Essay Part One
If I were to encounter a situation where I worked for a news organization that was owned by a big company, I would be fairly careful about how I handled a situation that would compromise the profitability or the success of that corporation. It would be a difficult decision to make if I were faced with the possibility of reporting a story that demonizes the parent company’s refrigerators and presented them as fire hazards. There are a lot of considerations to make in this decision, all of which I would have to keep in mind.
The media carries a social responsibility to provide the news that is most applicable to their lives and enriches it, which means leaving out any extraneous news when necessary. Ideally, this process should happen as quickly as possible, especially given the importance and urgency of some of this information. Recently, news has gotten a lot faster and more omnipresent, with a 24-hour news cycle meaning that every little story gets repeatedly dissected. While this means that more stories get national attention, slow news days mean overexposure of unimportant stories.
Modern media delivery is good because of its speed, but it also means a lot of information gets lost in the shuffle. The faster delivery means that people can receive more news, but it may not be as well absorbed by the audience. The Internet itself has created a culture of immediate gratification, where people can only pay attention to so much at a time due to the sensory overload of having literally everything at their fingertips. News blogs are a great way to filter this information, but it is less likely that there is the type of quality control seen in a typical professional news station. This makes it more probable that some facts could get lost or some stories reported in an erroneous way. The ethics and legality of online reporting are very complicated; it is far easier to spread false information, since there is far less fact checking going on. Practicing good ethics would involve making sure to only report the truth with a minimum of bias in online media, as well as making sure you have permission from the creators of content before using it.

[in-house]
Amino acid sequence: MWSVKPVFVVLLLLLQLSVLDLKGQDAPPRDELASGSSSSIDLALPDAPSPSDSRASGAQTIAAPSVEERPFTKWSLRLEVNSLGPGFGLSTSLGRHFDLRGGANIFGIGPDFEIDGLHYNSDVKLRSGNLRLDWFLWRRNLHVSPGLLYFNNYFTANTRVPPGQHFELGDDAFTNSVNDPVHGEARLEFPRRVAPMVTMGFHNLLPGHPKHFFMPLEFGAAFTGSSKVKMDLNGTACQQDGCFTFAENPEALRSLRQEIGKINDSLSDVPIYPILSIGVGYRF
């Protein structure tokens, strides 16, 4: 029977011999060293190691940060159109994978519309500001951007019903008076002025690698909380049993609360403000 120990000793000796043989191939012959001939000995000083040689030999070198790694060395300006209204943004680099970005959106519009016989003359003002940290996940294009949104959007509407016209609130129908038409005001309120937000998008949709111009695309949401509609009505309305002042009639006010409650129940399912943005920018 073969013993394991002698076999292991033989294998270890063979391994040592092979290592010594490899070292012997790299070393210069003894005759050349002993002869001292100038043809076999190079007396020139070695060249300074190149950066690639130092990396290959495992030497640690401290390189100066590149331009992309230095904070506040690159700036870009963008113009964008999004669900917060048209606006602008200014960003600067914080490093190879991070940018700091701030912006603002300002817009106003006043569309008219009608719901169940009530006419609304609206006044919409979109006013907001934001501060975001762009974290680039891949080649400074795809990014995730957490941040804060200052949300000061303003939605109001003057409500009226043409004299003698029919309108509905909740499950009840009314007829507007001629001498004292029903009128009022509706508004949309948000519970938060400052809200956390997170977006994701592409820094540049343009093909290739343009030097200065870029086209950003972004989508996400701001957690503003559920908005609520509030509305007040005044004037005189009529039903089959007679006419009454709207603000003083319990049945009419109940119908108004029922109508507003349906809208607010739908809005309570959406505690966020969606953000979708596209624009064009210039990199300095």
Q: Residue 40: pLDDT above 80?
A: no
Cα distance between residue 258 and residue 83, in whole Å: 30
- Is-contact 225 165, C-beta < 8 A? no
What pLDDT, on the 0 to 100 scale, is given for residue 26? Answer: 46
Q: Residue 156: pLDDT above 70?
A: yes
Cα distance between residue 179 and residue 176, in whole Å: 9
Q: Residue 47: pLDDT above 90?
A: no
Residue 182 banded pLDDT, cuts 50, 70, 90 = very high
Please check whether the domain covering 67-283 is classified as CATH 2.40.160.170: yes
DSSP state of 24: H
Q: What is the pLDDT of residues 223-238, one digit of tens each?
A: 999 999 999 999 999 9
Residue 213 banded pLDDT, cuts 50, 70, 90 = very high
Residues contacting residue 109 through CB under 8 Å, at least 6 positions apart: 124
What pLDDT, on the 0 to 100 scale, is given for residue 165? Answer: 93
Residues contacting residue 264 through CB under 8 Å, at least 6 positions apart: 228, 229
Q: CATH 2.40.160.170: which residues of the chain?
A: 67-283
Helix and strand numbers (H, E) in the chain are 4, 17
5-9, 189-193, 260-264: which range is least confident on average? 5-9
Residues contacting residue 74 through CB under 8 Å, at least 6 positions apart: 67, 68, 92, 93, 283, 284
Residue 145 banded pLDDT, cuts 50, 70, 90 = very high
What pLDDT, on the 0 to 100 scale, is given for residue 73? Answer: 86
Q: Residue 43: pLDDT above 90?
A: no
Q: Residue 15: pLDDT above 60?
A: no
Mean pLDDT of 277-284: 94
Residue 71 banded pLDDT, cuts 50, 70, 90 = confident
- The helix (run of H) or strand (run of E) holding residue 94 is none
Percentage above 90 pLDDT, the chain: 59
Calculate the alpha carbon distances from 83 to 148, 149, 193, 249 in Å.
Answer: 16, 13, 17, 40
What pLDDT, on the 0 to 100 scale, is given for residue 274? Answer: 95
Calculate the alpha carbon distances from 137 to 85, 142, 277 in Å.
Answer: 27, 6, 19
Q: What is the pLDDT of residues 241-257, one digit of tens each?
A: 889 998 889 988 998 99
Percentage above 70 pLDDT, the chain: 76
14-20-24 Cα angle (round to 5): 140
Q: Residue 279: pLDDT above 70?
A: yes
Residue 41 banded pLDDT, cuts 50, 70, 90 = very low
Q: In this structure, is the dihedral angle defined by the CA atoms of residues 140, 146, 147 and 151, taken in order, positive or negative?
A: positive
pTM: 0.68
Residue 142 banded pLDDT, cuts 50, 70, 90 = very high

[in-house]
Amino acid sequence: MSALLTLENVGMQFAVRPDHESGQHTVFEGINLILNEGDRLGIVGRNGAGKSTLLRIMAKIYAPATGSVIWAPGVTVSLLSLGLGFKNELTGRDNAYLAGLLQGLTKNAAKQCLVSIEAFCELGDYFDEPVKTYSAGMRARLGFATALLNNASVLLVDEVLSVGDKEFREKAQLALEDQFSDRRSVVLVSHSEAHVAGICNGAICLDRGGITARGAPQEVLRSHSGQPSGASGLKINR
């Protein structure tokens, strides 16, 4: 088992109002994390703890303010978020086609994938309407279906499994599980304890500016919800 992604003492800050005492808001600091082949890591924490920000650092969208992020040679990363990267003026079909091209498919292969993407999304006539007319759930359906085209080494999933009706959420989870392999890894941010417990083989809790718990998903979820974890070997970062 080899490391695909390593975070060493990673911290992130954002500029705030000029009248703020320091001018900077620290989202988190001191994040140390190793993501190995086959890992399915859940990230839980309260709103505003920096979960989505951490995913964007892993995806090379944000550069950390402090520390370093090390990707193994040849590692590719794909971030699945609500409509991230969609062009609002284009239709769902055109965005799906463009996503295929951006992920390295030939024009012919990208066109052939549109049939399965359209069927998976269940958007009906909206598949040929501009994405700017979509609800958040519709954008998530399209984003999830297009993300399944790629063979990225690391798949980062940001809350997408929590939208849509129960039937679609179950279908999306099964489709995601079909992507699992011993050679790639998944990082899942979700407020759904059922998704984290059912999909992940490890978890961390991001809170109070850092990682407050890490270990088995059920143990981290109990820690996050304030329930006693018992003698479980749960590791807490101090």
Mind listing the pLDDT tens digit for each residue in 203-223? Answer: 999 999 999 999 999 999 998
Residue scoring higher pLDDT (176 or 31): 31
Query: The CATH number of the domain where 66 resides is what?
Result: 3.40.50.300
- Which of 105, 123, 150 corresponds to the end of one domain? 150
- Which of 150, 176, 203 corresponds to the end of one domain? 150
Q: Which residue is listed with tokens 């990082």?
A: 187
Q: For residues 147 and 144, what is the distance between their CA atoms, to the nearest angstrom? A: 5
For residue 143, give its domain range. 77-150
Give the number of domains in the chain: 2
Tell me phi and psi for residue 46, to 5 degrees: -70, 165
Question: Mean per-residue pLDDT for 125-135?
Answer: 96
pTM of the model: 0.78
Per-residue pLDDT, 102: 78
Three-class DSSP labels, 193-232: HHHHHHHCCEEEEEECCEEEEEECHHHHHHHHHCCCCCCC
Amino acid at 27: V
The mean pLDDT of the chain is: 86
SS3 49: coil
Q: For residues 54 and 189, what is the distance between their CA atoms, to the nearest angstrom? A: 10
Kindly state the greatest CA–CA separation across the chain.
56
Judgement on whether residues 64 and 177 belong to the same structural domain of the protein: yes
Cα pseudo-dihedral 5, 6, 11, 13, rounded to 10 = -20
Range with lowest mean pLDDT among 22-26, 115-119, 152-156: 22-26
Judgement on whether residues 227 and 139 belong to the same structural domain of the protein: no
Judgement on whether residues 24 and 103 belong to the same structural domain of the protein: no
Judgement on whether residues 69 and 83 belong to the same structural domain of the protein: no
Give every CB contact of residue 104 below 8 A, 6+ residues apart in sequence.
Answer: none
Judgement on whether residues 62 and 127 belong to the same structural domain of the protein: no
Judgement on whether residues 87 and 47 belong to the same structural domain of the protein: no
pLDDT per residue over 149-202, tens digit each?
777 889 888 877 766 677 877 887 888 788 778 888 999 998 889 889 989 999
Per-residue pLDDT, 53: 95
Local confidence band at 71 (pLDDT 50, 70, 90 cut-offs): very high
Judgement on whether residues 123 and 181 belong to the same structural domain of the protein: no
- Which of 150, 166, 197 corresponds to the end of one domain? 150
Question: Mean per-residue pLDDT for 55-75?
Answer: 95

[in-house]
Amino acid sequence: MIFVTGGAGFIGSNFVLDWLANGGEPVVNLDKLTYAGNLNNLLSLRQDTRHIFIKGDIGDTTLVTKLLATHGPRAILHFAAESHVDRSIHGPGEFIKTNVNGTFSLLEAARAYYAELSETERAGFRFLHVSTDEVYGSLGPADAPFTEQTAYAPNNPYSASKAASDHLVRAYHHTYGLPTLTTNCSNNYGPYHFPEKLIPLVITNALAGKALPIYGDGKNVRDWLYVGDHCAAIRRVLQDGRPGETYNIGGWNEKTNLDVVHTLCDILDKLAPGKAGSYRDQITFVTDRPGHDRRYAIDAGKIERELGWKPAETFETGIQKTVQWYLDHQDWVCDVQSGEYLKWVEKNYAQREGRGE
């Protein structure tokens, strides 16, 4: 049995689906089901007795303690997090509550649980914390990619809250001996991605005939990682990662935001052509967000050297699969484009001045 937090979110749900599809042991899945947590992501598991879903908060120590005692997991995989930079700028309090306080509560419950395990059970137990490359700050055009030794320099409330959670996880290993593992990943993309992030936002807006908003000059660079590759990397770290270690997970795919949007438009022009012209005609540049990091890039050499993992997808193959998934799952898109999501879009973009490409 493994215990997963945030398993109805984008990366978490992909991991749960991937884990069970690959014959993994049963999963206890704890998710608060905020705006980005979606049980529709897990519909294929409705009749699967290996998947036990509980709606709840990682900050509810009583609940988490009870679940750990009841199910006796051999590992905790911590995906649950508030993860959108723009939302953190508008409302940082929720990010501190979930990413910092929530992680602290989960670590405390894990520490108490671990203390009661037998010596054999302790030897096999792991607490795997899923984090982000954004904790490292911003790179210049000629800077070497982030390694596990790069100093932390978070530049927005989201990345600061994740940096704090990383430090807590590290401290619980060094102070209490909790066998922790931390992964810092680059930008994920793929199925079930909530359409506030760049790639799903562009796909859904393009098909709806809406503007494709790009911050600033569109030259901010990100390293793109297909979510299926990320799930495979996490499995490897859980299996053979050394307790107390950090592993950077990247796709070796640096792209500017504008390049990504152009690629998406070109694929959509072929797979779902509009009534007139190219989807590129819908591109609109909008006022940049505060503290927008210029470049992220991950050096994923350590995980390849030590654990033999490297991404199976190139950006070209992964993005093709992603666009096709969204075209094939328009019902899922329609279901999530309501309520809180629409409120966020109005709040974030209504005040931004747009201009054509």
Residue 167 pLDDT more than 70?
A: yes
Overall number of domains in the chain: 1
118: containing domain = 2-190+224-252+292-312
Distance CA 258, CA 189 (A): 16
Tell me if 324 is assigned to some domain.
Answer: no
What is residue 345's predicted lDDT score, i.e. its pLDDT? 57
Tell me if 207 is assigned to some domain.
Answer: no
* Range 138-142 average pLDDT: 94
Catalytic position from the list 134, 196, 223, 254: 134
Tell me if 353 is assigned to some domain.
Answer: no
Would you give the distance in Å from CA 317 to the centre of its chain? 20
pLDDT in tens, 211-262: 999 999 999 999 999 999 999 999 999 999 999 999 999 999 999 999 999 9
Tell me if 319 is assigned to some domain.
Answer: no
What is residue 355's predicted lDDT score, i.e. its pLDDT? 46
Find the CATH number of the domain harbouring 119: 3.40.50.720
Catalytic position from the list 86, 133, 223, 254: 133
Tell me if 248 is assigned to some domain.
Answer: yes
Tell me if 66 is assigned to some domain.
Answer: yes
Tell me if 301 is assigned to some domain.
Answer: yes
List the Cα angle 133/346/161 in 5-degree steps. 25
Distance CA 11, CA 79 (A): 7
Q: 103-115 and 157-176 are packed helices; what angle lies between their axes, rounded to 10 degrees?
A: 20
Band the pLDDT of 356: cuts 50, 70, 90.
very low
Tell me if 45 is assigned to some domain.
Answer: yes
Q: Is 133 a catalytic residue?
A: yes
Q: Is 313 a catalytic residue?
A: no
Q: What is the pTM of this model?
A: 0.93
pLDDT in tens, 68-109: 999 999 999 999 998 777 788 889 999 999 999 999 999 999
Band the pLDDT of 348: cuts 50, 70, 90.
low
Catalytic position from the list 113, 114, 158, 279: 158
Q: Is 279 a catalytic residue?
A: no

With all of these things in mind, I believe the best option would be to be honest and concise in the reporting. The biggest hurdle is the conflict of interest that arises from actively reporting on something that hurts the parent company. If they were to be hurt, it could mean losing my job. However, there is such a thing as journalistic integrity, and it is important to uphold that standard. I would release a story stating the danger of the refrigerator fires and how they are destroying homes; I would also state in the beginning as a caveat that my news organization is owned by the company that releases it.
There could be consequences, surely, as they may not gel with the company line. However, someone at some point would report the story, either on another news station or on the Internet. It would get to the public quickly enough that my suggestion of beating them to the story would hold more weight, and my superiors would consider that more seriously.